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Resilience in rowing

It’s safe to say that life has changed exponentially since the beginning of the year. Not only are societies still enduring the effects of an unprecedented global pandemic, but for the first time since World War II, the Olympics were postponed.

Of course, 2020 should have been a summer of sport. But as we come to terms with these cancellations, there’s one particular topic that’s been at the forefront of every athletes’ minds: resilience and overcoming adversity.

With that in mind, we caught up with Olympic rower John Collins, who gave us the lowdown on adapting to changes, bouncing back, and how he and the British rowing team stay resilient through adversity.

Turning threats into challenges

Resilience is a form of mental toughness.

To use a sporting metaphor, people often approach difficult situations by taking a ‘mental backswing’ first; but being resilient is about having the capacity to whack the ball without needing to take that backswing.

In athletics, as with anything, life will throw a mixture of ups and downs at you. Depending on your mindset, failures can weigh heavy, or you can use them to move forwards. The key is in turning a downward spiral around. It can even come down to something as simple as the language you use. If you look at failures as opportunities, or threats as challenges, it can make a huge difference to your mentality – as well as your physiological response. It’s easy to sit on the start line and worry that that single race will affect the rest of your life; but really, it’s just another race. By keeping things in context and rationalising situations, you can turn a stressful situation into an exciting one – and by embracing this change in mentality, you can then modify how you approach obstacles going forwards.

Sometimes curveballs can actually improve things. I faced a situation where the order of my boat was swapped around, and it took me by surprise; but it was actually a fantastic change, and my doubles pairing went from strength to strength. Change doesn’t always have to be a bad thing.

Putting up a fight

Sometimes the biggest opportunities for personal growth come from the biggest ‘failures’. When something really hurts – for example, if you are expecting to win a medal, but you come fifth – it’s easier than dealing with the disappointment of a near miss because you feel so far from achieving what you thought you could that you’re actually more motivated to do things better the next time around.

The key to staying resilient is to roll with the punches, dust yourself off, and keep going. Recognise the opportunity to improve and regain that momentum. But if you know you’re facing an unavoidable negative outcome, change your mentality. Stand up to it and recognise that it doesn’t matter if you fail, as long as you put up a fight.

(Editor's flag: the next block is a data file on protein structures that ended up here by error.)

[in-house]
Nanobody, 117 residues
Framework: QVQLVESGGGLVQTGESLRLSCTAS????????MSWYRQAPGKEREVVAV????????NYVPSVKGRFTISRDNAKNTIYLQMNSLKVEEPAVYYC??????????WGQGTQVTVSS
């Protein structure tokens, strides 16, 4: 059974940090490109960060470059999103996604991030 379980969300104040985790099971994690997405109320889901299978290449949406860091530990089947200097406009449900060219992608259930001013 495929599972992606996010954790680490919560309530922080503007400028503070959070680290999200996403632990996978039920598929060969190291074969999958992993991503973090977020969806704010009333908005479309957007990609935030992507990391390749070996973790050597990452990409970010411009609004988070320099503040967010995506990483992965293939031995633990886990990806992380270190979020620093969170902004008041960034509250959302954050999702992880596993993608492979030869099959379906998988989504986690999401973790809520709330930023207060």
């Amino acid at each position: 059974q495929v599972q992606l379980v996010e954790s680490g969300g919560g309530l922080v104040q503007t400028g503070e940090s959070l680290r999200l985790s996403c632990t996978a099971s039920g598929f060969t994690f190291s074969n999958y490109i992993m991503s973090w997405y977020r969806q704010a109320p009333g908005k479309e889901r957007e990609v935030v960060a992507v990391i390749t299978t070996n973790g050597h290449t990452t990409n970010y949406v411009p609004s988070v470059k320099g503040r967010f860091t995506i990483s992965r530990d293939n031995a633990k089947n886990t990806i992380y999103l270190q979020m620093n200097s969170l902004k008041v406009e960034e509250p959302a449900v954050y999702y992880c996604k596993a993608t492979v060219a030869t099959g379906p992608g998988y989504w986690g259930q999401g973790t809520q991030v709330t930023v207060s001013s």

When you’re an athlete, you can experience small failures every day, whether its an off-moment in training, deviating from your diet, or losing at an event. What helps you bounce back is thinking about it as a victory every time you overcome a failure. To really fail, you have to let the minor setbacks get the best of you. If you can pick yourself up and keep going then in many ways you’re already winning.

Adapting to change

The most successful people are usually those who lack a fear of failure.

Most people are put off by failing, and ironically, block their own success by trying to avoid failure at all costs. Of course, you can’t succeed at everything, every time. But by being tenacious, and trying again and again, you dramatically increase your chances of succeeding. It’s about rediscovering a willingness to take a dive over the edge; pushing limits to transcend what you thought was possible. And that’s how you break barriers. To overcome adversity, you’ve simply got to change how you view it. After all, nobody ever looks at another person and thinks they’re failing; they see someone who’s trying hard.

The pandemic has, of course, forced us all to adapt to a new normal. As athletes, we’re no different. Personally I’ve been combining steady training and hard training through lockdown; making the easy stuff easier, but doing more of it; and really going hard at the more difficult things. It’s about trying to find limits, and nudge past them – and I’ve found that my limits are a little bit further than I previously thought.

However, when it comes to resilience as an athlete, you also have to recognise that motivation is not a consistent thing. Some days, it’s difficult to get motivated; and that’s okay. But when you have motivation, use it to do more. That way, the quality of your training will stay the same. It’s about adapting to a new situation – to a new environment – and recognising that it’s impossible to stay too rigid when you’re in a completely unprecedented situation.

Putting a positive spin on things

Of course, we’re all disappointed that the Olympics has been postponed – and as an athlete, this can be a real blow if things have been going well. But at the same time, lockdown has definitely presented opportunities. Athletes can experiment with the way they train, using methods that work specifically for them rather than being coaxed into more universal training approaches – and they can try new things without an audience.

Amongst athletes, the universal feeling is that this lockdown has been a big opportunity. An extra year will make us a lot stronger; it’s a massive learning experience and a chance to reflect on what works for us individually as well as a team.

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